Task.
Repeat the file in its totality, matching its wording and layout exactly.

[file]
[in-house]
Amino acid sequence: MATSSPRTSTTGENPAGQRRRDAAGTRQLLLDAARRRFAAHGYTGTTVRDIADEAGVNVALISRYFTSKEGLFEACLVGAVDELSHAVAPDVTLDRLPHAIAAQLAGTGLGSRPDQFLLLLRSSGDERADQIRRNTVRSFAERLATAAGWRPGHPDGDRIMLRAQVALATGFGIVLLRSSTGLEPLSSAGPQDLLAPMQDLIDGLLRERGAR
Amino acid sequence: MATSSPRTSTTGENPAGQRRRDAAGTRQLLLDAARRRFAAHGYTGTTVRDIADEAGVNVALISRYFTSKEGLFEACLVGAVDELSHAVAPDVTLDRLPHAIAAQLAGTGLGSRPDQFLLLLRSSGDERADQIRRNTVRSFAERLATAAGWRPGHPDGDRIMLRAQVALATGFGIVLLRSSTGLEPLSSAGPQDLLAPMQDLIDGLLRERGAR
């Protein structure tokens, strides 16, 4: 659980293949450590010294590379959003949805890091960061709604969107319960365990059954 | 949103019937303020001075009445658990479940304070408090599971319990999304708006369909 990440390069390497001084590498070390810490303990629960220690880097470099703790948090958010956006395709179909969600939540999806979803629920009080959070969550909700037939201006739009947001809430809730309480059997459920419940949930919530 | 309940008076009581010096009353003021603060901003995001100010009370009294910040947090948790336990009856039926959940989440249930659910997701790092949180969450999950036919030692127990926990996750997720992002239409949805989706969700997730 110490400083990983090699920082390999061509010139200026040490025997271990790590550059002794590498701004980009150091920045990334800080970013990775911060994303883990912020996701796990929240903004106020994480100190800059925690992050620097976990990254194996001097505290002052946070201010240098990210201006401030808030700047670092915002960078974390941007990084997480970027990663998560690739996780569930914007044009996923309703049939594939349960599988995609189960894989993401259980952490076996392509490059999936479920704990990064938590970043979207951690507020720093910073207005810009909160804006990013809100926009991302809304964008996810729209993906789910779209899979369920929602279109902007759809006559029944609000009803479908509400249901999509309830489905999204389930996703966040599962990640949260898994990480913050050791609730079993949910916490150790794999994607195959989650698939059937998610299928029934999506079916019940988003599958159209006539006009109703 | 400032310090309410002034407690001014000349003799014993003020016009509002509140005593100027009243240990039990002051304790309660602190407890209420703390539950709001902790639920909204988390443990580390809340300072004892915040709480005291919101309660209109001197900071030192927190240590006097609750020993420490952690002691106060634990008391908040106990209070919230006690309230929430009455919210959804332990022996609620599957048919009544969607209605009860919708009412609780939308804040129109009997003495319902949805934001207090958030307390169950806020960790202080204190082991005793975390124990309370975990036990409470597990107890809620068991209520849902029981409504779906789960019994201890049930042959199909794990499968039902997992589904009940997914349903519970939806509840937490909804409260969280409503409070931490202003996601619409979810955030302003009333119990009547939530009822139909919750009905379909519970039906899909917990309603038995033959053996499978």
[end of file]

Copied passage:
[in-house]
Amino acid sequence: MATSSPRTSTTGENPAGQRRRDAAGTRQLLLDAARRRFAAHGYTGTTVRDIADEAGVNVALISRYFTSKEGLFEACLVGAVDELSHAVAPDVTLDRLPHAIAAQLAGTGLGSRPDQFLLLLRSSGDERADQIRRNTVRSFAERLATAAGWRPGHPDGDRIMLRAQVALATGFGIVLLRSSTGLEPLSSAGPQDLLAPMQDLIDGLLRERGAR
Amino acid sequence: MATSSPRTSTTGENPAGQRRRDAAGTRQLLLDAARRRFAAHGYTGTTVRDIADEAGVNVALISRYFTSKEGLFEACLVGAVDELSHAVAPDVTLDRLPHAIAAQLAGTGLGSRPDQFLLLLRSSGDERADQIRRNTVRSFAERLATAAGWRPGHPDGDRIMLRAQVALATGFGIVLLRSSTGLEPLSSAGPQDLLAPMQDLIDGLLRERGAR
């Protein structure tokens, strides 16, 4: 659980293949450590010294590379959003949805890091960061709604969107319960365990059954 | 949103019937303020001075009445658990479940304070408090599971319990999304708006369909 990440390069390497001084590498070390810490303990629960220690880097470099703790948090958010956006395709179909969600939540999806979803629920009080959070969550909700037939201006739009947001809430809730309480059997459920419940949930919530 | 309940008076009581010096009353003021603060901003995001100010009370009294910040947090948790336990009856039926959940989440249930659910997701790092949180969450999950036919030692127990926990996750997720992002239409949805989706969700997730 110490400083990983090699920082390999061509010139200026040490025997271990790590550059002794590498701004980009150091920045990334800080970013990775911060994303883990912020996701796990929240903004106020994480100190800059925690992050620097976990990254194996001097505290002052946070201010240098990210201006401030808030700047670092915002960078974390941007990084997480970027990663998560690739996780569930914007044009996923309703049939594939349960599988995609189960894989993401259980952490076996392509490059999936479920704990990064938590970043979207951690507020720093910073207005810009909160804006990013809100926009991302809304964008996810729209993906789910779209899979369920929602279109902007759809006559029944609000009803479908509400249901999509309830489905999204389930996703966040599962990640949260898994990480913050050791609730079993949910916490150790794999994607195959989650698939059937998610299928029934999506079916019940988003599958159209006539006009109703 | 400032310090309410002034407690001014000349003799014993003020016009509002509140005593100027009243240990039990002051304790309660602190407890209420703390539950709001902790639920909204988390443990580390809340300072004892915040709480005291919101309660209109001197900071030192927190240590006097609750020993420490952690002691106060634990008391908040106990209070919230006690309230929430009455919210959804332990022996609620599957048919009544969607209605009860919708009412609780939308804040129109009997003495319902949805934001207090958030307390169950806020960790202080204190082991005793975390124990309370975990036990409470597990107890809620068991209520849902029981409504779906789960019994201890049930042959199909794990499968039902997992589904009940997914349903519970939806509840937490909804409260969280409503409070931490202003996601619409979810955030302003009333119990009547939530009822139909919750009905379909519970039906899909917990309603038995033959053996499978």